MCIs Can Be Better Managed Utilizing Incident Management Software

November 13, 2017 by Andy Bozzo

Over the last several months we've been inundated by news of major emergencies around our country and beyond. Hurricane Irma and Hurricane Harvey have been the most prominent progeny of the Atlantic hurricane assembly line and they left total disaster in their wake. Regrettably, many large-scale emergency situations are not the results of natural events but are created by the actions of people. Over and over again, we see tragedies unfold in small towns and large cities alike with the continuing epidemic of active shooter incidents.

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Today, with events like Hurricane Harvey, Las Vegas, and most recently, Sutherland Springs, Texas, public safety personnel are facing mass casualty incidents (MCIs) in several forms.

There are three (3) things that major hurricanes, active shooter incidents, and other large-scale emergencies have in common.
  1. These incidents have the potential to overwhelm emergency response systems built around traditional command boards and tactical worksheets.
  2. These emergencies require an organized approach, and outcomes can be improved with the use of incident command software, and/or accountability software.
  3. These incidents often result in mass casualty situations that require triage, treatment, and rapid transportation, adding another dimension to the incident management and accountability challenge.

Coordinating large groups of fire and allied public safety resources responding to multiple victims over large geographic areas is a much different undertaking than responding to a smaller, day to day incidents.  These high profile, large-scale events require an increased level of focus on personnel accountability, incident tracking, and interagency coordination.  Some of the newer and more intuitive versions of incident management software, such as Tablet Command, can provide powerful tools to support the mitigation of these emergencies.

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First-arriving fire officers will be challenged by a number of factors at the outset of the incident. Primarily, they will have to fight the impulse to "get involved" in the chaos and will need to step back and take command.  During MCIs and other major emergencies, the incident commander will need to address how to stage and assign resources as they come flooding into an incident. In the case of the Las Vegas shooting, resources from multiple agencies rapidly entered the response plan. Having an Incident Management Software that is capable of auto-populating any assigned resource preserves critical communications bandwidth and saves steps for the Incident Commander.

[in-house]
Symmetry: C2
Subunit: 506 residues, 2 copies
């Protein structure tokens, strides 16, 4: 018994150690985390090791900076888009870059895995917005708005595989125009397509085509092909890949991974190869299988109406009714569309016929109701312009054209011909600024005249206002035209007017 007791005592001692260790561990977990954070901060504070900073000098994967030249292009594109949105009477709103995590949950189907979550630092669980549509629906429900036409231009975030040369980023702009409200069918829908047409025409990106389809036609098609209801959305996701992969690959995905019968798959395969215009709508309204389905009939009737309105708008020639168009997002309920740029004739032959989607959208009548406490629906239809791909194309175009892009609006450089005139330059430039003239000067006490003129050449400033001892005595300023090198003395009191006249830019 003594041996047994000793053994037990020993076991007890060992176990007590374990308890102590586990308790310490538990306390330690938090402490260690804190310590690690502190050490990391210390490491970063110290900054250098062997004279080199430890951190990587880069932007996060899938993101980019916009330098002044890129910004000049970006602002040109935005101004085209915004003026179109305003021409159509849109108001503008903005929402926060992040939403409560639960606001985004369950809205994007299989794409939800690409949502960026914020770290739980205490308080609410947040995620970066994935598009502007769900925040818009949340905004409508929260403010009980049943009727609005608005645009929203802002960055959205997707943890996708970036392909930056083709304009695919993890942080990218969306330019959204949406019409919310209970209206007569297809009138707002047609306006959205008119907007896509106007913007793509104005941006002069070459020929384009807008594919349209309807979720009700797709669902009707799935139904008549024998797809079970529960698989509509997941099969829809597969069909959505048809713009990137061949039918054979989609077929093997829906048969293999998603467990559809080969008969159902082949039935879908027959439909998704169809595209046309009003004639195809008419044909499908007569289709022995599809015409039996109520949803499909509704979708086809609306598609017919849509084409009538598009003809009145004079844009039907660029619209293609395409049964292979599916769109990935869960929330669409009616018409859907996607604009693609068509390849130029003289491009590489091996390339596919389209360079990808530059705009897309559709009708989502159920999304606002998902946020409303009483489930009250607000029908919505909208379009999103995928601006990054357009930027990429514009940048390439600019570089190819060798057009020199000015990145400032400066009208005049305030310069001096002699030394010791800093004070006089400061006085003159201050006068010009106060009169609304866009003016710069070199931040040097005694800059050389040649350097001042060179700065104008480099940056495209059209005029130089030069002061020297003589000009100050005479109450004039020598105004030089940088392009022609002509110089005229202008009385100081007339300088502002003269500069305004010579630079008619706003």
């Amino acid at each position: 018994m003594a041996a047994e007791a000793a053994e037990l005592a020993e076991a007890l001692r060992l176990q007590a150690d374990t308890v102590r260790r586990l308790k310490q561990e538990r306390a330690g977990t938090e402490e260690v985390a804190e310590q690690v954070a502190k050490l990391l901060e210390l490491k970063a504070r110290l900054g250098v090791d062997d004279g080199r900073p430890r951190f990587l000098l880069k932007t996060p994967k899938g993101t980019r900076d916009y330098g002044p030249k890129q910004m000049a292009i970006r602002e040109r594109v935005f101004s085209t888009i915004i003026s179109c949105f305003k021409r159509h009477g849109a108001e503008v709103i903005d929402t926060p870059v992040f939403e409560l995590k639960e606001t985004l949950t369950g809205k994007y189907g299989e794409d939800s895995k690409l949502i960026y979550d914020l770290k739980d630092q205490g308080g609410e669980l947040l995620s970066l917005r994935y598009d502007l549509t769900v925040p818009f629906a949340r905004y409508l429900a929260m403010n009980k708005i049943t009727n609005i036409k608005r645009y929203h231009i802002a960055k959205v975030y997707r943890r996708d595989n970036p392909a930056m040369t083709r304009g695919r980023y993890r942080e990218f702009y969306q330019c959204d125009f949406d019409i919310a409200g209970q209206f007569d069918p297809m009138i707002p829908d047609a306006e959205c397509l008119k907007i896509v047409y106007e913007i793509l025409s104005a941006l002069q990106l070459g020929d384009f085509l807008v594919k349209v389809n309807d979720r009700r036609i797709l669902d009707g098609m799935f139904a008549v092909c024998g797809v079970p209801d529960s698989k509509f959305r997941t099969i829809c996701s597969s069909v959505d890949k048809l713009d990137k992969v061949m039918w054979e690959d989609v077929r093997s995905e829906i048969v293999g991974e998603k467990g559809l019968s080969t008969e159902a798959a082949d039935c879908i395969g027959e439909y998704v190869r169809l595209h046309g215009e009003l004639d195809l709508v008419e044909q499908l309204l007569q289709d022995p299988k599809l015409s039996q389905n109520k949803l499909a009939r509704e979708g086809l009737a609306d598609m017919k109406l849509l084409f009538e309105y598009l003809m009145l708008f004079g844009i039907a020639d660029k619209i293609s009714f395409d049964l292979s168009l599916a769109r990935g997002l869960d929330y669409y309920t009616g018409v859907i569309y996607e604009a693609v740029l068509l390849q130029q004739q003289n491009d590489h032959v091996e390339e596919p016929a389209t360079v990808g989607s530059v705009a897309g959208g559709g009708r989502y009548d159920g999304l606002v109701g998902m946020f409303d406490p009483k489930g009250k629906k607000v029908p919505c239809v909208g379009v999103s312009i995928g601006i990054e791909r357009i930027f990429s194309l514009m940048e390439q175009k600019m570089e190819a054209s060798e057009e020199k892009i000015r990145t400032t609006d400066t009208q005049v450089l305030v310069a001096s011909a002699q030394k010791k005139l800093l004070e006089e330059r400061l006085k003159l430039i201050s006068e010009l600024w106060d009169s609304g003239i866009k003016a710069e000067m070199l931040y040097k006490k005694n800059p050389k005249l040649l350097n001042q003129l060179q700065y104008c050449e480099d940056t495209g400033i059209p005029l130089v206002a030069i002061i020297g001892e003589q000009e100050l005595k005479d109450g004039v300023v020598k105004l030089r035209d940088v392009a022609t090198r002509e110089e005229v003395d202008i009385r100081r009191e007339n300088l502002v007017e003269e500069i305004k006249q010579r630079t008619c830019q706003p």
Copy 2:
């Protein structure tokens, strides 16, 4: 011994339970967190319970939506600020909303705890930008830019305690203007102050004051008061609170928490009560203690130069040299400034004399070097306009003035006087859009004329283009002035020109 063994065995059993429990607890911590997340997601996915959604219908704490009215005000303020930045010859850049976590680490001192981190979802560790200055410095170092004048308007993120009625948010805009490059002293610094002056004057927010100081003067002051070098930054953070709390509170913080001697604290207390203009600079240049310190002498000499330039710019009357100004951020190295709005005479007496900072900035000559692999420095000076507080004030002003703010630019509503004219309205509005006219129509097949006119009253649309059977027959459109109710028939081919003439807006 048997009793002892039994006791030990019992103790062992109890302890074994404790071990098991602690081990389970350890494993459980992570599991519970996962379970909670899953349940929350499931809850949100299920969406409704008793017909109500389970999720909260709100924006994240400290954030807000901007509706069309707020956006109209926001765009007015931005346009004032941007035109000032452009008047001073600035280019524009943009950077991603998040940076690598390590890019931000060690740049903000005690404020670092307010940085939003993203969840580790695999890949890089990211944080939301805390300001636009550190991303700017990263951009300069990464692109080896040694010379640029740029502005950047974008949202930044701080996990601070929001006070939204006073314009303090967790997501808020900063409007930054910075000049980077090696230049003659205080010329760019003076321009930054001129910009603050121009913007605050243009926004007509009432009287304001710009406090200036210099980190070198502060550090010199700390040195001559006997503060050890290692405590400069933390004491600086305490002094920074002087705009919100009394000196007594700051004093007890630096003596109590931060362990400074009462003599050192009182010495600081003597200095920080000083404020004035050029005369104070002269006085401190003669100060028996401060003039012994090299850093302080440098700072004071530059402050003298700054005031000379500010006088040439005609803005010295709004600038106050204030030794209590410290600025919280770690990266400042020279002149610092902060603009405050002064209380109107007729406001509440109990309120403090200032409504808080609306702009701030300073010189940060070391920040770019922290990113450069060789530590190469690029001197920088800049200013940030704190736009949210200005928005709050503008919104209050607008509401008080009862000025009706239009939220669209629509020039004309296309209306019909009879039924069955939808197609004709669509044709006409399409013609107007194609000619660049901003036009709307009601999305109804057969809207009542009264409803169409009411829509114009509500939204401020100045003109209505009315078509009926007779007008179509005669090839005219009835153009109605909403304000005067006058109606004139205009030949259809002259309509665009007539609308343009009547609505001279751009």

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Incident Management Software such as Tablet Command enables an incident commander to select an agency-designed, incident template that is specific to the emergency type.

With drag and drop capabilities, an incident commander can immediately assign assigned resources to specific tasks which support the tactical and strategic objectives of an emergency.

Incident command structures are adaptable to any emergency or high profile event, and offer the capability of employing a Unified Command structure with allied agencies such as Law Enforcement to accommodate a variety of strategic and tactical needs.

In the case of active shooters, it’s all about getting the bad guys while treating the wounded.  These incidents are key examples of how Fire and Police come together in Unified Command to accomplish this. These emergencies present challenges to Incident Commanders as units from several agencies rapidly arrive on  scene.  Incident management software such as Tablet Command can help Incident Commanders heighten their situational awareness and quickly organize an incident.

Sadly, these events are becoming the "new normal" for public safety agencies, but Incident Management Software can provide a critical boost to incident organization, first responder safety, and a faster resolution of the emergency.

Learn More Watch a 90 Second Overview Video